Legislators and more attend public hemp forum at Black Hills State University – Newscenter1.tv


Legislators and more attend public hemp forum at Black Hills State University - Newscenter1.tv

SPEARFISH, S.D. — Voters who wanted to learn more about the issue of industrial hemp were able to attend a forum with legislators at Black Hills State University, Thursday.

In attendance was an actual hemp farmer, Nevada Ellison, who farms in the Southeast corner of the state of North Dakota. His experience is that hemp can be very profitable.

“It was sixty acres and I think we paid about four or five grand for seed – which is a lot less than corn,” Ellison said. “Probably half of what you pay for corn. Economically, because not many people were doing it at the time it was really beneficial to us because we were making four to eight hundred dollars more per acre than we were corn.”

In North Dakota, farmers wishing to grow hemp have to be enrolled in the North Dakota Department of Agriculture Pilot Program. The Agricultural Act of 2014 states that cultivating hemp is restricted to research. In 2018 dozens of farmers enrolled for almost 3,000 acres of hemp farming.

Ellison said that he – like many of the other farmers in the program – bought their seed from a reputable company in Canada because it was easier than dealing with interstate commerce.

Representative Jeffery Partridge and Whitney Raver, running for U.S. Representative, were a part of the same panel as Ellison. They were able to answer questions about why South Dakotans were waiting for a similar program. A member of the public asked why Governor Kristi Noem was against hemp. Rep. Partridge responded that the governor is concerned about the law enforcement who have to discern hemp with or without THC in the field and that she believes it will lead to recreational marijuana legalization.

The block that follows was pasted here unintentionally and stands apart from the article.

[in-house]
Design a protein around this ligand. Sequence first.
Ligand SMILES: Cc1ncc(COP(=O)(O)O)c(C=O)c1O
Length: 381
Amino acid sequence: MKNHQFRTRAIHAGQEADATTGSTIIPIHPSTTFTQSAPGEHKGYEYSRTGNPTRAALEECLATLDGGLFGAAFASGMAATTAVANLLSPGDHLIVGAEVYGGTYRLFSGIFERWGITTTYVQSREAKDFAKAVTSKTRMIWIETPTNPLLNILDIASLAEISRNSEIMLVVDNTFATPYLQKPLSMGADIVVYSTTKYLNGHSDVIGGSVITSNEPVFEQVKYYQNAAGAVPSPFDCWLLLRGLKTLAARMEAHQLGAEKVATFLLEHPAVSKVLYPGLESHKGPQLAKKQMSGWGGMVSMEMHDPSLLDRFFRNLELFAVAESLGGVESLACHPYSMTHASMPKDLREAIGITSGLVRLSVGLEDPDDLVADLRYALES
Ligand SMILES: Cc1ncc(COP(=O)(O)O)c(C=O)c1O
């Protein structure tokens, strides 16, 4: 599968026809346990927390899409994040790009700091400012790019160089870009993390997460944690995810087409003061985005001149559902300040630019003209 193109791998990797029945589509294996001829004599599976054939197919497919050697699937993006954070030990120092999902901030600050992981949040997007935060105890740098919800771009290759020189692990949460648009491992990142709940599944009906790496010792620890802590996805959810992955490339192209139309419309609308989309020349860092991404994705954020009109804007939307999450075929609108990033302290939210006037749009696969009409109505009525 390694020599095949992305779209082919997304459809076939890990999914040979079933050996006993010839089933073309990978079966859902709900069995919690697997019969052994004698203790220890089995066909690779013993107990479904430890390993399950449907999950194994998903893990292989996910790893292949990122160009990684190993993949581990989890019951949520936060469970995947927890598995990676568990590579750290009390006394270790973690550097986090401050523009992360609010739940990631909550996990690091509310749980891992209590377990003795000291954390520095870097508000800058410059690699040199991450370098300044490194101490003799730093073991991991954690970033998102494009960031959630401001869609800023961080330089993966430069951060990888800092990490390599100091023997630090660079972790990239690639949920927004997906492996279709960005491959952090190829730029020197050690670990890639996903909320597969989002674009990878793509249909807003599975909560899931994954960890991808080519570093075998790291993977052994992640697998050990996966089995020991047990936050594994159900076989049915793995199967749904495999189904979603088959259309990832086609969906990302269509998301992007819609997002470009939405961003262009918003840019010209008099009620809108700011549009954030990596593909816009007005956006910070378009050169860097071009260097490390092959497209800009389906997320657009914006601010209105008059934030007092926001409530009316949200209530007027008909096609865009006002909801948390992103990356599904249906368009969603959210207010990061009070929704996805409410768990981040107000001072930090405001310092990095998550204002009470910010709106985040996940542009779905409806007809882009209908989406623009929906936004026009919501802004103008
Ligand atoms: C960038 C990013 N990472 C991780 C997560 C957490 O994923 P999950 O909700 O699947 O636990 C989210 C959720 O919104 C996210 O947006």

“She’s looking at these other states,” Partridge said. “And saying, you know, if you’re trying to move down a marijuana path for recreational plant or medicinal or whatever, she’s concerned that this is one way you could do it. Then it gets really difficult for law enforcement to actually do the testing. I think that’s one of the things that’s got her locked in on this, is what happens on our highways and roads, as far as what’s happening with the hemp.”

Governor Noem has been asked about her stance on hemp in the past. As part of a tour, in Rapid City, Dec. 4th, she addressed questions on hemp.

“In my budget, to address hemp,” Noem said. “I would have had to add dollars to set up a state program. I did not choose to do that at this time. I know there will be legislation that will be coming during session that legislators want to support, setting up a statewide hemp growing program. And I’m sure they’ll have that debate.”

The federal government passed a farm bill in 2018 that makes it legal to grow hemp.

 

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